There is one important personal note about Miller that comes up often about him. He is still relatively new to being a defenseman. This February 14, 2017 article by Becky Olsen at USA Hockey profiled a then-17 year old Miller, highlighting that he used to be a forward. He made the switch back in 2015 due to a team need for more defenders. In a way, this makes his current situation more impressive. Changing from forward to defense is not easy. Doing so while being a part of a collection of talented, young American players with the intent of development for international play is even harder. That Miller was not only able to join the USNTDP but remain at the position and play a prominent role on their U-17 and U-18 teams speaks very well to how he has picked up playing defense and how good he has been to do what he has done so far. This is a big reason why this big defenseman has a large amount of potential. He can still learn and experience more as a defenseman - and that could make him even better in the long run.
The Under-17 year is more about process than results as far as the NTDP is concerned, so don’t take numbers into account too much there unless they’re really good. The first year was sub-par numbers-wise for most of the team, but Miller improved tremendously from the start of the year to the end. He capitalized on a couple of injuries to teammates to move up the depth chart and secure a permanent spot on his natural left side, which definitely seemed to be a more comfortable fit for him. He finished third among the team’s defensemen with 17 points, and despite needing to make some improvements in his own end, was seen as someone who should go early on the second day of the draft when his time came.
But it was in his second year, his under-18 season, that Miller really established himself as a potential first-rounder. With new coach Seth Appert at the helm, the whole team took a giant step forward, particularly offensively. Miller was given more freedom to jump into the rush, something he loves to do, and was able to better utilize his size and skating ability to improve his positioning defensively. He finished the year with 29 points, third among the team’s blueliners, and greatly improved his stock at the World Under-18s where he played the toughest minutes for Team USA and helped them win a silver medal.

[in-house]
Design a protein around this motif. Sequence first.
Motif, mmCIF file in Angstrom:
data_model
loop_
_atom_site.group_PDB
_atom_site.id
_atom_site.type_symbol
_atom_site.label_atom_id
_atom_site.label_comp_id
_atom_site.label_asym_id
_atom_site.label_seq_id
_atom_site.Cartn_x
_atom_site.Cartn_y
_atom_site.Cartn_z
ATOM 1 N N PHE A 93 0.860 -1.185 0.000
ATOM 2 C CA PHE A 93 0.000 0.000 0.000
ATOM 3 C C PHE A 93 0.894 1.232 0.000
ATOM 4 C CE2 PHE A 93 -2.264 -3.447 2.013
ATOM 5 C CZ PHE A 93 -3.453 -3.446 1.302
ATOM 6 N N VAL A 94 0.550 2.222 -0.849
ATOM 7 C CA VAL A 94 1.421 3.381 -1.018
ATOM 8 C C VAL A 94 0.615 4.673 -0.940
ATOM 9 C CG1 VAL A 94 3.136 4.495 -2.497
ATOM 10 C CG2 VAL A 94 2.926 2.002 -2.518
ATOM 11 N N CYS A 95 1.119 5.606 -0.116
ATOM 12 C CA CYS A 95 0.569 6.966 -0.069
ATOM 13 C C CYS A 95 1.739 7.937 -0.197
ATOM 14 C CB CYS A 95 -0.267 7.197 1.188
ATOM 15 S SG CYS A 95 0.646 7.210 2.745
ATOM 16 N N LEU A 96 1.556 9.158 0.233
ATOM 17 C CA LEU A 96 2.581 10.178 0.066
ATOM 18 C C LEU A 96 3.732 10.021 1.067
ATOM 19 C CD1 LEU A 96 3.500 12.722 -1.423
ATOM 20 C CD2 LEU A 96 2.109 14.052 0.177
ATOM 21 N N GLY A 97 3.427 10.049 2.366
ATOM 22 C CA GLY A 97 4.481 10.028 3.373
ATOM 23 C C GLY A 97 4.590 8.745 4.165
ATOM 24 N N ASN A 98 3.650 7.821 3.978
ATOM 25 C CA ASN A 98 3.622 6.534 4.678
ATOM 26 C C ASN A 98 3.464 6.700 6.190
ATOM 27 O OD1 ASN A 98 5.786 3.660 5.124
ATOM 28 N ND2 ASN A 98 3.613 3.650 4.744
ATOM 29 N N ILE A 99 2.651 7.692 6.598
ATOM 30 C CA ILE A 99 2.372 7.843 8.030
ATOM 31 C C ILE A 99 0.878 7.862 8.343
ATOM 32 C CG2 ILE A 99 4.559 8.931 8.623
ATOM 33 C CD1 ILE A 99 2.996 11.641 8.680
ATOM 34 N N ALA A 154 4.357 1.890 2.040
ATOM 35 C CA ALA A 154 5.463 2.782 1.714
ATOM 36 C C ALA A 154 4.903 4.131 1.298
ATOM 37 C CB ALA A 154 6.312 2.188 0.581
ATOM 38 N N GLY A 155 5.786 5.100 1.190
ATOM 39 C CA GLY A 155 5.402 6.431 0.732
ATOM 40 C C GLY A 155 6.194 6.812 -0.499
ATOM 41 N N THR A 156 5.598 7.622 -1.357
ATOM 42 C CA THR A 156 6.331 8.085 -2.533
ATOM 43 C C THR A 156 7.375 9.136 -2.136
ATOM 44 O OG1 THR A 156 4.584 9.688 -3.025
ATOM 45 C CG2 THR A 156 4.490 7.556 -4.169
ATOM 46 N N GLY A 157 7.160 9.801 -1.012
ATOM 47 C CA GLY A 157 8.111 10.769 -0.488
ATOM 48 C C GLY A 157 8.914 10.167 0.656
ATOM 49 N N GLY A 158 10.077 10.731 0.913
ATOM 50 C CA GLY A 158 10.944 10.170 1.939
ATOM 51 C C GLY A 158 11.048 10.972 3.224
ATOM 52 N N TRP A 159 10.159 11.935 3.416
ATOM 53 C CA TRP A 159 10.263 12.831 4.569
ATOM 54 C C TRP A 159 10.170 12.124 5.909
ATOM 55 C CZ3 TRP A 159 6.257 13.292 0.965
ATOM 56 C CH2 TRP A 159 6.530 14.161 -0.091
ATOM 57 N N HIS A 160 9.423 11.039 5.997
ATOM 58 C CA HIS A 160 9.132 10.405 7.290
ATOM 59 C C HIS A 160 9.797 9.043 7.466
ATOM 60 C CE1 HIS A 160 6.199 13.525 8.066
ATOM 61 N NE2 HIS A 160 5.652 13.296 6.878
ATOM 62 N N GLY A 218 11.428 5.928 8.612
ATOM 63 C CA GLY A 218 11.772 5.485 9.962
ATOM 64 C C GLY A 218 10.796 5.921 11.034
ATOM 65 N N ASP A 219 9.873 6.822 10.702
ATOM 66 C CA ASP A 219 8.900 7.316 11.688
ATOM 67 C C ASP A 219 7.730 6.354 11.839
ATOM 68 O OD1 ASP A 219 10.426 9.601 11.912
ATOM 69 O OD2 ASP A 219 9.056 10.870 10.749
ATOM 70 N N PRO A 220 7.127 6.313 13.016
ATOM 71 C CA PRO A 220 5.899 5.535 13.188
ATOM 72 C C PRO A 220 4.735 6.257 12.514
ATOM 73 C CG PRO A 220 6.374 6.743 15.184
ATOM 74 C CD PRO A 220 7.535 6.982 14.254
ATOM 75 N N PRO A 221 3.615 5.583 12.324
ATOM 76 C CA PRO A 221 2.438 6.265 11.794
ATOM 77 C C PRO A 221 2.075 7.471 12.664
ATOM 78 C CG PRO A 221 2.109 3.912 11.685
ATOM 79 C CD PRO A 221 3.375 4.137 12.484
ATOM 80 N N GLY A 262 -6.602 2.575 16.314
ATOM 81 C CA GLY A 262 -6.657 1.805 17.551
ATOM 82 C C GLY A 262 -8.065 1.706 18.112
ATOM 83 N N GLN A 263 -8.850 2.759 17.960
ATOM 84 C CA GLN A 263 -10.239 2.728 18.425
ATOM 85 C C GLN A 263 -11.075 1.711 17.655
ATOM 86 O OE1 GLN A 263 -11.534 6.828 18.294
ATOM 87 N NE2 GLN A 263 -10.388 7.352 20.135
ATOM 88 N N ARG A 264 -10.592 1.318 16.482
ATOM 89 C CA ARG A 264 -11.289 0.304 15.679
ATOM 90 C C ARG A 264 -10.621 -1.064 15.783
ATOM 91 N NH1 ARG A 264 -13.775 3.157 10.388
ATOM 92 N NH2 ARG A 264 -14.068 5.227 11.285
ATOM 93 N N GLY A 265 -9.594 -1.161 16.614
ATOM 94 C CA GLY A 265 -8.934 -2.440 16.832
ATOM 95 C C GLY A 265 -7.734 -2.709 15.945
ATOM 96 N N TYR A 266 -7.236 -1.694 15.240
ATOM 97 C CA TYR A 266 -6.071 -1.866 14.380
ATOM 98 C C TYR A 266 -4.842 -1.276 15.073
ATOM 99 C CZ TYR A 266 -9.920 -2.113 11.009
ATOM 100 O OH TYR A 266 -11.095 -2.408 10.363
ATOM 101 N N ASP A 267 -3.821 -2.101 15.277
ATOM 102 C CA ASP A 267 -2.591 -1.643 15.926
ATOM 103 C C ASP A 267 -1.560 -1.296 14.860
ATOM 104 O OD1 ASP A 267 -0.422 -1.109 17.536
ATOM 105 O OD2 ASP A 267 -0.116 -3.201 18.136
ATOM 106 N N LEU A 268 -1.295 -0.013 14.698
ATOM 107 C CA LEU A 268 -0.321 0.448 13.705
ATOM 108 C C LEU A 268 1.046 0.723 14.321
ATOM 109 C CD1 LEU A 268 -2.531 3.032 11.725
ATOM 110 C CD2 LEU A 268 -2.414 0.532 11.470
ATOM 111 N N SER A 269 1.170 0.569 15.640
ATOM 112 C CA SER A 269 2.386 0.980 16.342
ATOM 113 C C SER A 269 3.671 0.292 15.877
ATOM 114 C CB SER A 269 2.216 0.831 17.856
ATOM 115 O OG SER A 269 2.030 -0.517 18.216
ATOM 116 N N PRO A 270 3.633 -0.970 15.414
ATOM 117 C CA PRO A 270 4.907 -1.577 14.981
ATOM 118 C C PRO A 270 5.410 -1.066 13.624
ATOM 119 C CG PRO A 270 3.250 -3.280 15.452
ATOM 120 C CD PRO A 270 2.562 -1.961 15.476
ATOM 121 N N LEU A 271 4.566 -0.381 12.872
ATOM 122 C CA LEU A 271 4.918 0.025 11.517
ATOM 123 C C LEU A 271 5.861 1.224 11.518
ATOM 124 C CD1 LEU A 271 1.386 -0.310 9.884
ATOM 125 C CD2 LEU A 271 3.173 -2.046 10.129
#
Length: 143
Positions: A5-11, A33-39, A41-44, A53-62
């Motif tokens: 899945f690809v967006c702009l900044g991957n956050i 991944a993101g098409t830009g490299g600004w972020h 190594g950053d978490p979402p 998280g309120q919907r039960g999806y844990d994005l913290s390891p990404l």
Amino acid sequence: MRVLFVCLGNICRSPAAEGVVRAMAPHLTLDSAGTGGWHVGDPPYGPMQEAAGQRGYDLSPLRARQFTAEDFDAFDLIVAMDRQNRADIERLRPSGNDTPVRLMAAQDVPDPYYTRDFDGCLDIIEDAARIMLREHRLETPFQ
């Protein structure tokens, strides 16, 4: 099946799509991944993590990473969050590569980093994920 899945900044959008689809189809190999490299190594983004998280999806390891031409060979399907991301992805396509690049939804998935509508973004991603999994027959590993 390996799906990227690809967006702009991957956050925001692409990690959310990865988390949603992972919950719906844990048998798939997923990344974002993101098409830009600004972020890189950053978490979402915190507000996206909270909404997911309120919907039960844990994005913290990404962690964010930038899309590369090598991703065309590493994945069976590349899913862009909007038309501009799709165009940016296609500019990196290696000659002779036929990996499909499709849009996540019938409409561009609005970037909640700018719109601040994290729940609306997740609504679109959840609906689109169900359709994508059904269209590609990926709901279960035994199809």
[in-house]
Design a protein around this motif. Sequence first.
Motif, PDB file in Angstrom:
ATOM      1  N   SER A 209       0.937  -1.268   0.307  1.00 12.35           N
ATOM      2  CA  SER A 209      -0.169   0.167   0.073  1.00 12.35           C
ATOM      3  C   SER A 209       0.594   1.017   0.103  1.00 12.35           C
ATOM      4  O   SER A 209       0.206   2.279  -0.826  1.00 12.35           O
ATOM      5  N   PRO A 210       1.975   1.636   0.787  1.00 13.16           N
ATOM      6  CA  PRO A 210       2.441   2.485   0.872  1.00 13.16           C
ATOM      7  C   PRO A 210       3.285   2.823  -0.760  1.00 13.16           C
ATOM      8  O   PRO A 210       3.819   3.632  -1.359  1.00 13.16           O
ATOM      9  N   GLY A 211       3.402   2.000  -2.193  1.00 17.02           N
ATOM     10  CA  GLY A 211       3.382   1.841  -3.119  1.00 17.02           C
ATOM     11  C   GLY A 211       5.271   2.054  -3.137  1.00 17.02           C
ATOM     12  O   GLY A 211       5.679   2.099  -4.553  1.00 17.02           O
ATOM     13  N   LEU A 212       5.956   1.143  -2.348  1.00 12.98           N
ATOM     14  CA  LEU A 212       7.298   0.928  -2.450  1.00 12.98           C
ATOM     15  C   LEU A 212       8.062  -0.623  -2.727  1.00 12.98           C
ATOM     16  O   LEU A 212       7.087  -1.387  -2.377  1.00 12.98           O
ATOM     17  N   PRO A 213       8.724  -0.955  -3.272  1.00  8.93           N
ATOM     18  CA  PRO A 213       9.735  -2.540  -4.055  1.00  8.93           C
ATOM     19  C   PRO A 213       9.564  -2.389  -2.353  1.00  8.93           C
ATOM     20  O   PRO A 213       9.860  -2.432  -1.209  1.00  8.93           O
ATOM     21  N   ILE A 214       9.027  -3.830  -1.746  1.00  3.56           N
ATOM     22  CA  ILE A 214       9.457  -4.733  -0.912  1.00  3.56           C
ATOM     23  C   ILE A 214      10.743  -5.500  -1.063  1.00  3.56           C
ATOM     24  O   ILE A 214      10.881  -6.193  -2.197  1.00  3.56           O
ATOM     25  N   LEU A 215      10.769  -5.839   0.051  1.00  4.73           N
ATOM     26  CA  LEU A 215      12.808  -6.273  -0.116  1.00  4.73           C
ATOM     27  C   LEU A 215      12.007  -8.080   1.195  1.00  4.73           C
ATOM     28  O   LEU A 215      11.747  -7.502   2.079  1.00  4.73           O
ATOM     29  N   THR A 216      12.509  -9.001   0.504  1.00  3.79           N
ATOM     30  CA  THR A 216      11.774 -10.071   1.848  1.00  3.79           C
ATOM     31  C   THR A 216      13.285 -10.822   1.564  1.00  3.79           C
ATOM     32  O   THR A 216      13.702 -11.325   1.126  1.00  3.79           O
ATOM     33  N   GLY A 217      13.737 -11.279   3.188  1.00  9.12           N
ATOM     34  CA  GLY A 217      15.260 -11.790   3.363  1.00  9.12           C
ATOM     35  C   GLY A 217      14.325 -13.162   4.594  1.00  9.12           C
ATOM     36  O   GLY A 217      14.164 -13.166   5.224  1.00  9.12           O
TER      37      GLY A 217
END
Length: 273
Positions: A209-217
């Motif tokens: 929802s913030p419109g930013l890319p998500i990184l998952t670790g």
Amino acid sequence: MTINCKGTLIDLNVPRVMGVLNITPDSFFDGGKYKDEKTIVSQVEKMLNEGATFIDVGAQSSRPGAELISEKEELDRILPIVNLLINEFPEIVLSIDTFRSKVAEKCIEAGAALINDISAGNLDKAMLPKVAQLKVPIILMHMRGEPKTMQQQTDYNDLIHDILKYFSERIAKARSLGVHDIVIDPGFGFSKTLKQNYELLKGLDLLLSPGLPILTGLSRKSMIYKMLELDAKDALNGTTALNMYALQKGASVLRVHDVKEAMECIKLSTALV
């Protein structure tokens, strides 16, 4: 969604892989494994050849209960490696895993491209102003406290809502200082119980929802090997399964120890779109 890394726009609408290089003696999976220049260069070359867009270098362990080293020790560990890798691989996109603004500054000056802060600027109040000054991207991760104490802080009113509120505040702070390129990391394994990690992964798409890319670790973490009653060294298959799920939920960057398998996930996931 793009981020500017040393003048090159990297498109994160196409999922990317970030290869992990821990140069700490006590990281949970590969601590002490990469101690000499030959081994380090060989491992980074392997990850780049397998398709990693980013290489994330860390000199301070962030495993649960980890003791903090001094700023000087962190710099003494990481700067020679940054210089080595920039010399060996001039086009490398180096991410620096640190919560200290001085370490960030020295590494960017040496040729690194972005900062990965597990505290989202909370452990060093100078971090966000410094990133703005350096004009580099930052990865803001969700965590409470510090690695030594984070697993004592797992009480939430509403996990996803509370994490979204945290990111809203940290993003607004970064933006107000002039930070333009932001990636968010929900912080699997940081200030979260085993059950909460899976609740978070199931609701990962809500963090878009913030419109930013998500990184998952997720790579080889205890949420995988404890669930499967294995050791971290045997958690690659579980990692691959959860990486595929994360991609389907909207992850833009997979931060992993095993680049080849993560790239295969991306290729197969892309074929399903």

Jonny Tychonick - LD - Penticton Vees, BCHL
The 16th pick might be a little high for the guy some are calling “a left-shooting Cale Makar”, but we know how the Avs love to look to the second tier Western Canadian leagues for their top picks. Tychonik could be the third straight Avs first rounder to be selected from the Junior-A ranks.
From Habs EOTP:
Tychonick’s offensive game is based on his feet and release. He fluidly patrols the blue line, waiting to receive the puck to fire a quick and low shot at the net, aiming for the stick of his teammates to try for a deflection.
He is not shy to take the puck further up in the offensive zone when he has the chance, jumping from the point for a wrister. He owns the space available to him and is precise in his releases. He also has good vision and is capable of freezing defenders on occasions to create space for himself and teammates alike.
On the defensive side of the game, Tychonick shows some other inconsistencies in his gap control while defending off the rush, sometimes leaving too much space for opposing forwards to work with or being too agressiv. But his smooth pivots and great stick work still allow him to repair mistakes, deny access to the slot, and adjust to counter the different moves of approaching opponents easily.
In his own end, Tychonick closes the gap with opponents and stays with them, even if he doesn’t have the strength yet to impose himself physically very often. At the U18 World Championship, he was trusted to play on the penalty kill due to his solid positioning. He was caught puck-watching or reaching at times, but considering the drastic change in level of competition, it was impressive how quickly he showed he could adapt to playing against much more talented and faster opponents.